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URL:  http://boards.fool.com/editorialwe-should-have-been-more-clear-my-12669878.aspx

Subject:  Re: Still don't know whether to convert to Roth Date:  6/2/2000  12:05 PM
Author:  JAFO31 Number:  22324 of 76392

EditorialWe: Should have been more clear - my income (married filing joint) is not high enough to preclude my converting to a Roth. My back of the envelope estimate for taxes may be too high, but I was figuring state taxes too - ought I?"

Yes.

"No, I know not what my bracket will be at retirement - higher, lower, or whether I'll be living in a state where the state tax is less punishing than in CA, or possibly non-existent. Which makes prognosticating hard."

Yes. I think the first rule of thumb, is to inquire what ould be the source of the funds to pay the taxes for the conversion? Usually, if you do not have other funds with which to pay the taxes (i.e. must use a portion of the funds be converted, thereby also incurring 10% on those funds - $1700 in your example), it is usually best not to convert.

After that, it becomes an estimation about tax rates (both state and federal, as your surmised) now versus retirement versus conversion at some later date in between.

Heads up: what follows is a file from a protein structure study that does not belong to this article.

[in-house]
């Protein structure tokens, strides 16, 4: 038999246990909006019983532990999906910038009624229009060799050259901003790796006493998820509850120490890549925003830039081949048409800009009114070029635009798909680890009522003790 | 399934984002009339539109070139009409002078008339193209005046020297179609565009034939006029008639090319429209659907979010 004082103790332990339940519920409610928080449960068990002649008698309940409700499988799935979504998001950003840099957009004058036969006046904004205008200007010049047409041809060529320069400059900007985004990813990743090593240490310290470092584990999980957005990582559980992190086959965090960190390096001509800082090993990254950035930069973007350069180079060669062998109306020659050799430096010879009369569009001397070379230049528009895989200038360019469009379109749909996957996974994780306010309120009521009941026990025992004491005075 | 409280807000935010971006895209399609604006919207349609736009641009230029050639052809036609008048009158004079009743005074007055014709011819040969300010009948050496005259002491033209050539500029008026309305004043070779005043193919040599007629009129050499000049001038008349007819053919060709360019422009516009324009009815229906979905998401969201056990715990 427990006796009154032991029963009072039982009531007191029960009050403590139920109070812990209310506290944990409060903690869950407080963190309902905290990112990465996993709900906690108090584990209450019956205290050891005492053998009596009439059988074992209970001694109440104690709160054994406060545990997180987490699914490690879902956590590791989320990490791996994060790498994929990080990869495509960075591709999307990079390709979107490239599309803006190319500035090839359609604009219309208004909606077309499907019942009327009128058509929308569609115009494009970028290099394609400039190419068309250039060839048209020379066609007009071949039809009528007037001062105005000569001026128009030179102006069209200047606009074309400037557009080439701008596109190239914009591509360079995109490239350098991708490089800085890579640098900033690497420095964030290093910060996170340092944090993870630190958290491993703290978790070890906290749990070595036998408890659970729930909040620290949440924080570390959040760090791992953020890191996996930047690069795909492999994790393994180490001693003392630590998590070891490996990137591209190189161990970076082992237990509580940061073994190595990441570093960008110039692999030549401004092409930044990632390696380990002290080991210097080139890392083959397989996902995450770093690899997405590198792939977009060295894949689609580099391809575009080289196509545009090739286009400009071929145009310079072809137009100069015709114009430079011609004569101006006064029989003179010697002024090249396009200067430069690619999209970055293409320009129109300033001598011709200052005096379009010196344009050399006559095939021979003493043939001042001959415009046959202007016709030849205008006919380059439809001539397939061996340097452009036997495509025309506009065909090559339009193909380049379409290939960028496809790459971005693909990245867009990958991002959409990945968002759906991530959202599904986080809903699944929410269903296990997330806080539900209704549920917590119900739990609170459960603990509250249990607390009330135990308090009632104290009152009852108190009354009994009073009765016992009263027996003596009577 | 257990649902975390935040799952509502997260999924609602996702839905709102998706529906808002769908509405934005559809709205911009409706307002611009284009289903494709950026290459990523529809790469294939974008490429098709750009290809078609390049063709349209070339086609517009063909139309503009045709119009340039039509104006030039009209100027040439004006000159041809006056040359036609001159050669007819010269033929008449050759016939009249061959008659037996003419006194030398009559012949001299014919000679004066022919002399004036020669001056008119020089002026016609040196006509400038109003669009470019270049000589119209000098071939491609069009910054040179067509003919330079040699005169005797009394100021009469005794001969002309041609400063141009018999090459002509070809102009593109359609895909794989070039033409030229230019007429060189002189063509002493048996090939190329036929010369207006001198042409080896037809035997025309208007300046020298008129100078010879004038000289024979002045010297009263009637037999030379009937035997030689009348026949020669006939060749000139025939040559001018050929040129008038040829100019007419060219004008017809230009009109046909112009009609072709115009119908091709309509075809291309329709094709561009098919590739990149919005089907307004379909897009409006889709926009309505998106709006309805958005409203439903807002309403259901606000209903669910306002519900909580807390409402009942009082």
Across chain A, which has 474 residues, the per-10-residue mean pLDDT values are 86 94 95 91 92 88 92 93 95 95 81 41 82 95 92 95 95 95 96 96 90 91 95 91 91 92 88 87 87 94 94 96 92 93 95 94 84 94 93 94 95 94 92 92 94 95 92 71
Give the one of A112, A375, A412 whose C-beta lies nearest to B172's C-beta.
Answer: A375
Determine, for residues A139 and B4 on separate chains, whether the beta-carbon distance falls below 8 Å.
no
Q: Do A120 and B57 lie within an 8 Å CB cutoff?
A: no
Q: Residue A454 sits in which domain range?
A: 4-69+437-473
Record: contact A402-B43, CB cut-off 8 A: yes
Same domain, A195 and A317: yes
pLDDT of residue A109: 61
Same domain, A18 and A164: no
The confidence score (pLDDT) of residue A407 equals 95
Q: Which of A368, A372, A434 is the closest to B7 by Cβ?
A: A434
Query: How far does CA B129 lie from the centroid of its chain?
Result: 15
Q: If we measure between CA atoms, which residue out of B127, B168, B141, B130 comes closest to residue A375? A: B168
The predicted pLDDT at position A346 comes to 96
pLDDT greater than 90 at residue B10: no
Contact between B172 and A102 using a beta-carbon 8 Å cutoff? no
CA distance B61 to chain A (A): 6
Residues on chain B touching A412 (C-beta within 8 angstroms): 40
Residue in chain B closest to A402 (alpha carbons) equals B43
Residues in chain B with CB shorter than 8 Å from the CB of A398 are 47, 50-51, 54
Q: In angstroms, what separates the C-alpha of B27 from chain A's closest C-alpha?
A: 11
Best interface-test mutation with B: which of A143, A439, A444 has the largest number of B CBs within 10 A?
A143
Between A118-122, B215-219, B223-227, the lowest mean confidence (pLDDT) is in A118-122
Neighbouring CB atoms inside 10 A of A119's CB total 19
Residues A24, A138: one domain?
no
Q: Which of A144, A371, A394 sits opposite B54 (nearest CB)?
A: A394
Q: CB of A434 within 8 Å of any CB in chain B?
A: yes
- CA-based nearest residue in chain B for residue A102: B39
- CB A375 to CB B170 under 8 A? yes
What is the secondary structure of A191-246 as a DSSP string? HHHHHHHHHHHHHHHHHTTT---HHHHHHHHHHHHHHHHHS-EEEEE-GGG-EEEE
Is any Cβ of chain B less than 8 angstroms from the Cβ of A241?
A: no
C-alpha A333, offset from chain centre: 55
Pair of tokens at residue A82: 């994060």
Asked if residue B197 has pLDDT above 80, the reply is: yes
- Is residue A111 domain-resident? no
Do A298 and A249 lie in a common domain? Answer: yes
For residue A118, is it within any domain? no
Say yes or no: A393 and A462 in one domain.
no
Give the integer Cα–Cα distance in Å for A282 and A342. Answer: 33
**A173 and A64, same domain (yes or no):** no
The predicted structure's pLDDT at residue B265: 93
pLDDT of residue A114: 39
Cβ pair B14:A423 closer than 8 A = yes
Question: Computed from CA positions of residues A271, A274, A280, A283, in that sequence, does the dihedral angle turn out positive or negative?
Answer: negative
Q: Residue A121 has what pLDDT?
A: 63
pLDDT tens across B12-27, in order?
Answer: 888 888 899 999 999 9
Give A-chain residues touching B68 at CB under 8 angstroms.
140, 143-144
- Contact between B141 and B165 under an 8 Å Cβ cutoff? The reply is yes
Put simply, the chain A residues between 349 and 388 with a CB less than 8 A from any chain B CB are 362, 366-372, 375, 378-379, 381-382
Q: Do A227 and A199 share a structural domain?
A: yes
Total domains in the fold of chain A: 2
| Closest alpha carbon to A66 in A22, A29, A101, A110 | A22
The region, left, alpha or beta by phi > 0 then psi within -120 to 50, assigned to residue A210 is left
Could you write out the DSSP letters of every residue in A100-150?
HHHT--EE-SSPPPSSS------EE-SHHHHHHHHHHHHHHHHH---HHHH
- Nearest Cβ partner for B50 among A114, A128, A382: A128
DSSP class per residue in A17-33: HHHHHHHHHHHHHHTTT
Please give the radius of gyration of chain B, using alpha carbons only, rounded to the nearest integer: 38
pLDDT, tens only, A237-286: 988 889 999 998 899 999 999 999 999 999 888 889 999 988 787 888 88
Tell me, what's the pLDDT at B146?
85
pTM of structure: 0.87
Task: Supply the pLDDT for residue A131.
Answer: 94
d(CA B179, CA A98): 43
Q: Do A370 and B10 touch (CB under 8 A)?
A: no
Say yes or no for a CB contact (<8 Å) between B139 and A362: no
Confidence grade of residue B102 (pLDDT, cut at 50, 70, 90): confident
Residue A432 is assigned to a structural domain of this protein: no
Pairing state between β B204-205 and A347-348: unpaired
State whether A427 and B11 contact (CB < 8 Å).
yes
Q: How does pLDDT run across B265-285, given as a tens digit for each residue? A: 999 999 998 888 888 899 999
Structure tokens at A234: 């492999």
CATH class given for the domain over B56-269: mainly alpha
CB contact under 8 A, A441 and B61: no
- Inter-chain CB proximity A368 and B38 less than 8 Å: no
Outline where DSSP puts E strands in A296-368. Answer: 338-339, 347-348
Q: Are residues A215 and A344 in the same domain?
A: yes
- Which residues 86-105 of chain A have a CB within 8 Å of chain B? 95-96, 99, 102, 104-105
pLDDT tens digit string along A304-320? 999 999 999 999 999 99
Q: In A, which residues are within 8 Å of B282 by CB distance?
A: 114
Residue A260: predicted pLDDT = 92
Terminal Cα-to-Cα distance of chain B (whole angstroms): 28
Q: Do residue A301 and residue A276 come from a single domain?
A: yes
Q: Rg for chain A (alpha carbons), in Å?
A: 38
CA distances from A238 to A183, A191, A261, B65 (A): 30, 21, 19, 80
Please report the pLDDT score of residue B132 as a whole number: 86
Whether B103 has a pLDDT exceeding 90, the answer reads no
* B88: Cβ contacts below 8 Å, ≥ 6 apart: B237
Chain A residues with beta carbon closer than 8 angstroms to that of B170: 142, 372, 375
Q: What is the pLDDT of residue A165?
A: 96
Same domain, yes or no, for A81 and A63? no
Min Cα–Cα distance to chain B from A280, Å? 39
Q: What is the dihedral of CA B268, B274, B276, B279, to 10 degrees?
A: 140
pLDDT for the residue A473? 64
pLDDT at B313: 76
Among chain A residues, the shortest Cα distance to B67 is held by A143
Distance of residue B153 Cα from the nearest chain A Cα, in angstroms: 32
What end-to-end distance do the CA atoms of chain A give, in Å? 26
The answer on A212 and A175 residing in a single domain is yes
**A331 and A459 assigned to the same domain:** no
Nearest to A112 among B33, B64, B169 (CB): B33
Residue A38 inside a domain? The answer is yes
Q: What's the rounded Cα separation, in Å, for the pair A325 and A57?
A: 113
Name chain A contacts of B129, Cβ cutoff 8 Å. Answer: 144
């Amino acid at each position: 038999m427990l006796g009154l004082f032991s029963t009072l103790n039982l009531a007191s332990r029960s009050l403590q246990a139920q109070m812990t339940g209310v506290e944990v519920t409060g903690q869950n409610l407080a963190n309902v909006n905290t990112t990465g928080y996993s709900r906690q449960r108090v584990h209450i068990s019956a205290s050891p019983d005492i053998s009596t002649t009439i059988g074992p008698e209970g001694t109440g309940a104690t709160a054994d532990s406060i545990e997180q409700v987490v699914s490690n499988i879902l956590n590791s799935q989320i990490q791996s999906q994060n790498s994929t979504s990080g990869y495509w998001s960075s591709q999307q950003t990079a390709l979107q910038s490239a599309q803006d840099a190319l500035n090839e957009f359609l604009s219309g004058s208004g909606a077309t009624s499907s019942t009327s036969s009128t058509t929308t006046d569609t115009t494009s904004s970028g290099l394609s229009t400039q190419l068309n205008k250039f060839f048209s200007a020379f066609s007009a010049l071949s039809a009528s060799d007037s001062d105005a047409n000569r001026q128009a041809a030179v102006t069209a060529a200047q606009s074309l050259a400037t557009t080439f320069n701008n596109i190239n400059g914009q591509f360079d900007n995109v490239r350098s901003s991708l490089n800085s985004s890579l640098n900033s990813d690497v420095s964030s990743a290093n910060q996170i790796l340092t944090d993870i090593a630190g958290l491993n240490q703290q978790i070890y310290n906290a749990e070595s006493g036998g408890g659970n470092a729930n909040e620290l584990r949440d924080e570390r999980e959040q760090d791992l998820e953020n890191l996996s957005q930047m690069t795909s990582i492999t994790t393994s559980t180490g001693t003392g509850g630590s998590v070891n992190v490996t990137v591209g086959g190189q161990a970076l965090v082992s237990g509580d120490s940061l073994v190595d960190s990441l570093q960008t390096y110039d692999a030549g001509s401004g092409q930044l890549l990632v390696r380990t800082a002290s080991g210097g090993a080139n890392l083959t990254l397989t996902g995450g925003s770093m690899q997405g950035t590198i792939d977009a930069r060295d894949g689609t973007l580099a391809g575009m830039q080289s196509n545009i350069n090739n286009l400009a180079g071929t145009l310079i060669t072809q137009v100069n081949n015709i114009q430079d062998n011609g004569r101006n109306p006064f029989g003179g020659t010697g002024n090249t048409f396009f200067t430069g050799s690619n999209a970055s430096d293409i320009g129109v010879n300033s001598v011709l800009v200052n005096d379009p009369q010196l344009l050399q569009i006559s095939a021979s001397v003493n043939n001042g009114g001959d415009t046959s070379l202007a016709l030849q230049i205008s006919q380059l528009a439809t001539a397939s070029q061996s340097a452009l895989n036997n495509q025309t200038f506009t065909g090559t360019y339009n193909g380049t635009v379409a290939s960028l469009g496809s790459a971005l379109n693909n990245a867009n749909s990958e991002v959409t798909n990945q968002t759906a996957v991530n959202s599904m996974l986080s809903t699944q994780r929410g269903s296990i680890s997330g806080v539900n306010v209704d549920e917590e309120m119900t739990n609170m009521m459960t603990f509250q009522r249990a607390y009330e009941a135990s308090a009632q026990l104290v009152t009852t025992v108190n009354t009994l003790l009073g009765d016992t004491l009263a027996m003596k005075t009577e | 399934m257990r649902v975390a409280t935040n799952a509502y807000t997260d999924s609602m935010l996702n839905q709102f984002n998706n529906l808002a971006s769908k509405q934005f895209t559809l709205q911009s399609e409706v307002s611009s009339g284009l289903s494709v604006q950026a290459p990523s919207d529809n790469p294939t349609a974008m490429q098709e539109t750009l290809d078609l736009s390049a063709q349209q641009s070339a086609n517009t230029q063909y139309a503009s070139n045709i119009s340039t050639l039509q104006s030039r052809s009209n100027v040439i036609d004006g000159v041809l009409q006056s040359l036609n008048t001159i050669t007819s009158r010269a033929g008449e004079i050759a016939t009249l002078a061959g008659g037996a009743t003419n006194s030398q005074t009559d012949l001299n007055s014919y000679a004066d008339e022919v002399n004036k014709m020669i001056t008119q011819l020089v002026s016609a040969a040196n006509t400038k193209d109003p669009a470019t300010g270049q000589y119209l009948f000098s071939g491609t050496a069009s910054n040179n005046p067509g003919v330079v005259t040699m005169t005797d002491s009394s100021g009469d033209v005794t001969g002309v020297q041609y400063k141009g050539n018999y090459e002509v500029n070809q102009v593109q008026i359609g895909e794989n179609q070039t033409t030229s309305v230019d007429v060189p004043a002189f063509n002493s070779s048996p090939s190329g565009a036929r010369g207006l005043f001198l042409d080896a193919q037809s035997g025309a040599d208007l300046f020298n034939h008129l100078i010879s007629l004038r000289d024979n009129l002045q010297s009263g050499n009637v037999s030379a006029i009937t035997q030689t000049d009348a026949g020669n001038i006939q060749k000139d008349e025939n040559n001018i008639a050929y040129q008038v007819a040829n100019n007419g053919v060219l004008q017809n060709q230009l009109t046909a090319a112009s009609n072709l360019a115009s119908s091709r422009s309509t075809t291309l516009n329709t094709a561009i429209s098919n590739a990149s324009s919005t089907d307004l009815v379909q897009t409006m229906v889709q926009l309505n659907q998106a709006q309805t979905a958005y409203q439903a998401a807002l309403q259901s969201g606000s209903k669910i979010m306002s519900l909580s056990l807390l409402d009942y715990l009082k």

Either TMFTaxes or TMFPixy has written extensively (a series of articels) about conversion issues; I am sure that the articles must be archived and available somewhere on TMF. I know that TMFTaxes is away for vacation/family reunion, but possibly TMFexRO or TMFPixy can point you in the right direction.

Unfortunately, sometimes you just "pays your money and takes your chances." IOW, You will probably never have perfect information to make this decision.

If you want to really furrow your brow, what happens if you decide to convert, pay our income taxes now and sometime later the income tax is abolished and replaced with a national sales/consumption tax? OUCH. There is a reason that "a bird in hand is worth two in the bush" became a cliche.

Hope this helps. Regards, JAFO


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